Watching Health-Care Benefits Slip Away

I find it frightening that the standard for employee pay and benefits in the grocery trade may be set by the rock-bottom discounters, the same stores that count on rapid employee turnover or right-to-work laws to avoid unionization of their employees. The grocery chains whose employees are on strike have provided middle-class pay and benefits up to now. If the grocery employees' pay and benefits can be eroded over presumed competition from the rock-bottom discounters, whose pay and benefits are safe? There is likely to be a ripple effect from such cuts. As the middle class disappears (and executive pay keeps climbing at astronomical rates), can societal destabilization be far behind?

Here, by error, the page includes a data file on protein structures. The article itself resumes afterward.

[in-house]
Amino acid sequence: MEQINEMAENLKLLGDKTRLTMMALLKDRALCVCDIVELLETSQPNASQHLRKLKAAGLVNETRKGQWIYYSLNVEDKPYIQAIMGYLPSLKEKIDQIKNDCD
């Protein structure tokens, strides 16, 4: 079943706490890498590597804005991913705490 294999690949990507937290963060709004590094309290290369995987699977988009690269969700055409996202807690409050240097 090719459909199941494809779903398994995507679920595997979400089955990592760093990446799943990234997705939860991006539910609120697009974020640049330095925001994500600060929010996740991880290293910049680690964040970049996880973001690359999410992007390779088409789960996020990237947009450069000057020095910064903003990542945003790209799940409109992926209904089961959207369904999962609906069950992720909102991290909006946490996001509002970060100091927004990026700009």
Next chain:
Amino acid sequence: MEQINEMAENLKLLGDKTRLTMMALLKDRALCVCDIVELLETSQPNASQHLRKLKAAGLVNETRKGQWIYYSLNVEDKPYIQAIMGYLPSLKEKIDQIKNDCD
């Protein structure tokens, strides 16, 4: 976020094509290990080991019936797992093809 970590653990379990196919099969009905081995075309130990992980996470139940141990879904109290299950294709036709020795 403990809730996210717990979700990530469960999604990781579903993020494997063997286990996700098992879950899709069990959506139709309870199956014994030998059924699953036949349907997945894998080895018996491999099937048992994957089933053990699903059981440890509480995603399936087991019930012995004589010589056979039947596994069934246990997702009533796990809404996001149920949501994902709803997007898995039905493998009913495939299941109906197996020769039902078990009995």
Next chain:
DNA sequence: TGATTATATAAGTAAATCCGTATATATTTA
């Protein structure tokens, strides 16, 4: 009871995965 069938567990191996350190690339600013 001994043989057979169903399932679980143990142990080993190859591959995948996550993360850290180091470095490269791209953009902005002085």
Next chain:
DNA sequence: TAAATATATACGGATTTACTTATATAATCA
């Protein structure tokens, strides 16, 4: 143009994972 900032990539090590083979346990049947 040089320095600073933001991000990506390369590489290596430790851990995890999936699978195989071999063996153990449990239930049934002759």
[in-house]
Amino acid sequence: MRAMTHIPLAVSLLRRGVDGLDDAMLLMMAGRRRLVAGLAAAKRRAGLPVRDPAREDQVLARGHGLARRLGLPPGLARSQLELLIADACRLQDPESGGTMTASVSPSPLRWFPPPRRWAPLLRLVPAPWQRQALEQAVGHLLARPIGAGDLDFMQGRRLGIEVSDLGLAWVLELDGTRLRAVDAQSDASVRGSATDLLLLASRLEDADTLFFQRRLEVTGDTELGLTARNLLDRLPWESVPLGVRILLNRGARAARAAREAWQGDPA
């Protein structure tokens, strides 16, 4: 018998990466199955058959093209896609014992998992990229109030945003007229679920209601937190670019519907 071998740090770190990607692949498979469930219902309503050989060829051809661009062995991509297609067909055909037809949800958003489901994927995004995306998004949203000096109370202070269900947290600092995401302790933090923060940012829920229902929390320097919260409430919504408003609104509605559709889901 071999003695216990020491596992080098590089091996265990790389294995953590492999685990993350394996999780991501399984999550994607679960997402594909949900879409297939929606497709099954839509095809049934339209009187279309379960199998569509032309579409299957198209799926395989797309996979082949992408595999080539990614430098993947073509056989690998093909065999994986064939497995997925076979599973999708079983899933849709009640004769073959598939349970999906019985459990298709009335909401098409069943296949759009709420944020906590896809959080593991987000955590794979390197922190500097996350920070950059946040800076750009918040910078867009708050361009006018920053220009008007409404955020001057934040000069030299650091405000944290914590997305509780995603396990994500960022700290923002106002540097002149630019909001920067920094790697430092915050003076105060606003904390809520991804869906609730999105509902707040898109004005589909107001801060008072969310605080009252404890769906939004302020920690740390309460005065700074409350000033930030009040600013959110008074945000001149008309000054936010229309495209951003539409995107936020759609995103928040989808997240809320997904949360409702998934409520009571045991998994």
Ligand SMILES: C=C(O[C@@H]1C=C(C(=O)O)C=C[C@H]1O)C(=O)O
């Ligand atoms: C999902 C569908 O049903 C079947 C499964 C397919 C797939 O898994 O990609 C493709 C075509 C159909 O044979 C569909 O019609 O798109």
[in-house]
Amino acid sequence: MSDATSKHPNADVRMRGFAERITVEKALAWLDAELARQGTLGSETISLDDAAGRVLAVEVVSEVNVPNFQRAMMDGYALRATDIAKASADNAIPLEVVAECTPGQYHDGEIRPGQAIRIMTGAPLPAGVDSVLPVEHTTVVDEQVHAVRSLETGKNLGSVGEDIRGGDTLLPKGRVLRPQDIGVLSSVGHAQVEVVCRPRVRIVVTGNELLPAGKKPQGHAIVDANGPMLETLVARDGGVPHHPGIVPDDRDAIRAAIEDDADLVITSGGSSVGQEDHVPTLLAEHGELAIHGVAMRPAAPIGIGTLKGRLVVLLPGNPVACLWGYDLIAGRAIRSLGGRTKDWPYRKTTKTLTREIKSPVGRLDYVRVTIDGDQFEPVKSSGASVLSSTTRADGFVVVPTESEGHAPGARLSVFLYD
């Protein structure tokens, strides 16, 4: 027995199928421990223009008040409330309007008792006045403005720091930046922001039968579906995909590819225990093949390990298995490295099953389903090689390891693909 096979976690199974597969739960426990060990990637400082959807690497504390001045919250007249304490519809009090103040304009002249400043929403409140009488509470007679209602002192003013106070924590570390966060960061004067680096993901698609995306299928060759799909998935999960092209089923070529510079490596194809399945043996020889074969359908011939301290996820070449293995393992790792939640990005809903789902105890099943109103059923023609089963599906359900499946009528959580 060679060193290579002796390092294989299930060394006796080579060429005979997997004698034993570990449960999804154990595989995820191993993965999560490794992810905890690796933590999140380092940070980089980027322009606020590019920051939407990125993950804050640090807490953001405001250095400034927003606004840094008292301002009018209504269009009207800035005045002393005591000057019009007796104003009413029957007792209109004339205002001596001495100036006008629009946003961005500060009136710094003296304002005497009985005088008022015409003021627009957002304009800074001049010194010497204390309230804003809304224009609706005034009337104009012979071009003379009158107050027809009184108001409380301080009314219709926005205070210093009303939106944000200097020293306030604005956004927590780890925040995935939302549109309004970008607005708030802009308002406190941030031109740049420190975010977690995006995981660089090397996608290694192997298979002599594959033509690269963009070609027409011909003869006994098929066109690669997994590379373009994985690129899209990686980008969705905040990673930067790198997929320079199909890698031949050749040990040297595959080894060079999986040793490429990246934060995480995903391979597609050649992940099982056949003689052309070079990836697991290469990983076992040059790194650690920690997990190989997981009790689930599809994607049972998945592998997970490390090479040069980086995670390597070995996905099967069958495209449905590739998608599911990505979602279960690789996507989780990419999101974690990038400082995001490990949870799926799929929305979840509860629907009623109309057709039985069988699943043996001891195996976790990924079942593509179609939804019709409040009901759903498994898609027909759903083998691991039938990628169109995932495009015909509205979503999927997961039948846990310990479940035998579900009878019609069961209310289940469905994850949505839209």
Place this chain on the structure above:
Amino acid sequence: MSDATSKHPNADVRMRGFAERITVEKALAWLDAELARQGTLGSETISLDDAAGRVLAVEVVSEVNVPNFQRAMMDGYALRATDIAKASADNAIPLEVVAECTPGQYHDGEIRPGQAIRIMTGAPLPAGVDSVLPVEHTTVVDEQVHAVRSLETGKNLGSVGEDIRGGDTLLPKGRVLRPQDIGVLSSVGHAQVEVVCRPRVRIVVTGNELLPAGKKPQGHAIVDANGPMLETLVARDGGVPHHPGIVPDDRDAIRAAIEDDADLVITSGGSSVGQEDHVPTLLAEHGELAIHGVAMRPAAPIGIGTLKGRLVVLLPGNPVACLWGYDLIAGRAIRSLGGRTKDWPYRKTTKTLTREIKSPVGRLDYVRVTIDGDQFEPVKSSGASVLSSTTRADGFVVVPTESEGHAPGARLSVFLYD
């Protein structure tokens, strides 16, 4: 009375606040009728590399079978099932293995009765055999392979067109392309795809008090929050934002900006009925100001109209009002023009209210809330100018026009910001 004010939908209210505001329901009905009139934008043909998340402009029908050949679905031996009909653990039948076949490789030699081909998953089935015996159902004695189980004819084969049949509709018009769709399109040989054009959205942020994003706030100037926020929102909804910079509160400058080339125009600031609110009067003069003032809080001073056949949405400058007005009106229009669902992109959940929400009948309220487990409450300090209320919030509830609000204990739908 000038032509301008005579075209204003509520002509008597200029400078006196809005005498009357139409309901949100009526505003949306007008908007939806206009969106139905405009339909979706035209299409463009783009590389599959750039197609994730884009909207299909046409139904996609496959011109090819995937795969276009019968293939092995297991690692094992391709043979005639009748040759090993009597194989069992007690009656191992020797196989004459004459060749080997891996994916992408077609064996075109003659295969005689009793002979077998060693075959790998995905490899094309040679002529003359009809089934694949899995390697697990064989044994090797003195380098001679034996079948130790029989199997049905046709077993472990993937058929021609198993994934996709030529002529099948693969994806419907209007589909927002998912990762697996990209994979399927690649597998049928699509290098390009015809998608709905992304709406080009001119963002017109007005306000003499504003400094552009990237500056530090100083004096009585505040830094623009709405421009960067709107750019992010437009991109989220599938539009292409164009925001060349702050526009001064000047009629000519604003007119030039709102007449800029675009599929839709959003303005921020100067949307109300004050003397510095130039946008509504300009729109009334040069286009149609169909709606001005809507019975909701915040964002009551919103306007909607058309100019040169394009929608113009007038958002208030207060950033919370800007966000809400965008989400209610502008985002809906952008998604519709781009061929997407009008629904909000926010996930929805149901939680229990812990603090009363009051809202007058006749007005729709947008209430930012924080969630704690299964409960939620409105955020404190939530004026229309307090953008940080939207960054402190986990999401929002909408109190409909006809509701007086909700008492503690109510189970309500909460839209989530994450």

Sally Pataky



Re "Outshout the Drug Lobby," editorial, Nov. 3: For the most part, people who work for companies that pay for their health coverage don't know and don't care what that coverage costs. It's just that indifference that gives lobbyists their exclusive opportunity to influence Congress. Perhaps if everyone were responsible for his or her own health coverage, Congress would have a much louder voice to listen to.

Edd Ruskowitz


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